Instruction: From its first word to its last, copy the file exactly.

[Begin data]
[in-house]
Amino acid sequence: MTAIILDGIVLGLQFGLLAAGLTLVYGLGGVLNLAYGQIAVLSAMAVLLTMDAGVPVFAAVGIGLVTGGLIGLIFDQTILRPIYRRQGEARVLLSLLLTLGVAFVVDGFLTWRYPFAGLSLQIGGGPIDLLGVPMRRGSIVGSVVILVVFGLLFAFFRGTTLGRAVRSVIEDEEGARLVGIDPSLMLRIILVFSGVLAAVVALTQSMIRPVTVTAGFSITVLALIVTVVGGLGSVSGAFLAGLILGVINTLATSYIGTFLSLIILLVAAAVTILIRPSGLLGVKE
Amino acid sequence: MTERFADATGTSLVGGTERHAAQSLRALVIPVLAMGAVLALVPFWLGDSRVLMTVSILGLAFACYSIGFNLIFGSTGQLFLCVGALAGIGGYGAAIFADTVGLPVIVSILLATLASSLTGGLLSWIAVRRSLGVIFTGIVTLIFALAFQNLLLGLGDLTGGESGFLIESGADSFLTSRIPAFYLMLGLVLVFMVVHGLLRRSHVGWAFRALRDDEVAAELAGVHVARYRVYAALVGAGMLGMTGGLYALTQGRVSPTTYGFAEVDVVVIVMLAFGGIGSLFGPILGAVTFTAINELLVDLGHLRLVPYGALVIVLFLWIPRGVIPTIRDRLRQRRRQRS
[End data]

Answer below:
[in-house]
Amino acid sequence: MTAIILDGIVLGLQFGLLAAGLTLVYGLGGVLNLAYGQIAVLSAMAVLLTMDAGVPVFAAVGIGLVTGGLIGLIFDQTILRPIYRRQGEARVLLSLLLTLGVAFVVDGFLTWRYPFAGLSLQIGGGPIDLLGVPMRRGSIVGSVVILVVFGLLFAFFRGTTLGRAVRSVIEDEEGARLVGIDPSLMLRIILVFSGVLAAVVALTQSMIRPVTVTAGFSITVLALIVTVVGGLGSVSGAFLAGLILGVINTLATSYIGTFLSLIILLVAAAVTILIRPSGLLGVKE
Amino acid sequence: MTERFADATGTSLVGGTERHAAQSLRALVIPVLAMGAVLALVPFWLGDSRVLMTVSILGLAFACYSIGFNLIFGSTGQLFLCVGALAGIGGYGAAIFADTVGLPVIVSILLATLASSLTGGLLSWIAVRRSLGVIFTGIVTLIFALAFQNLLLGLGDLTGGESGFLIESGADSFLTSRIPAFYLMLGLVLVFMVVHGLLRRSHVGWAFRALRDDEVAAELAGVHVARYRVYAALVGAGMLGMTGGLYALTQGRVSPTTYGFAEVDVVVIVMLAFGGIGSLFGPILGAVTFTAINELLVDLGHLRLVPYGALVIVLFLWIPRGVIPTIRDRLRQRRRQRS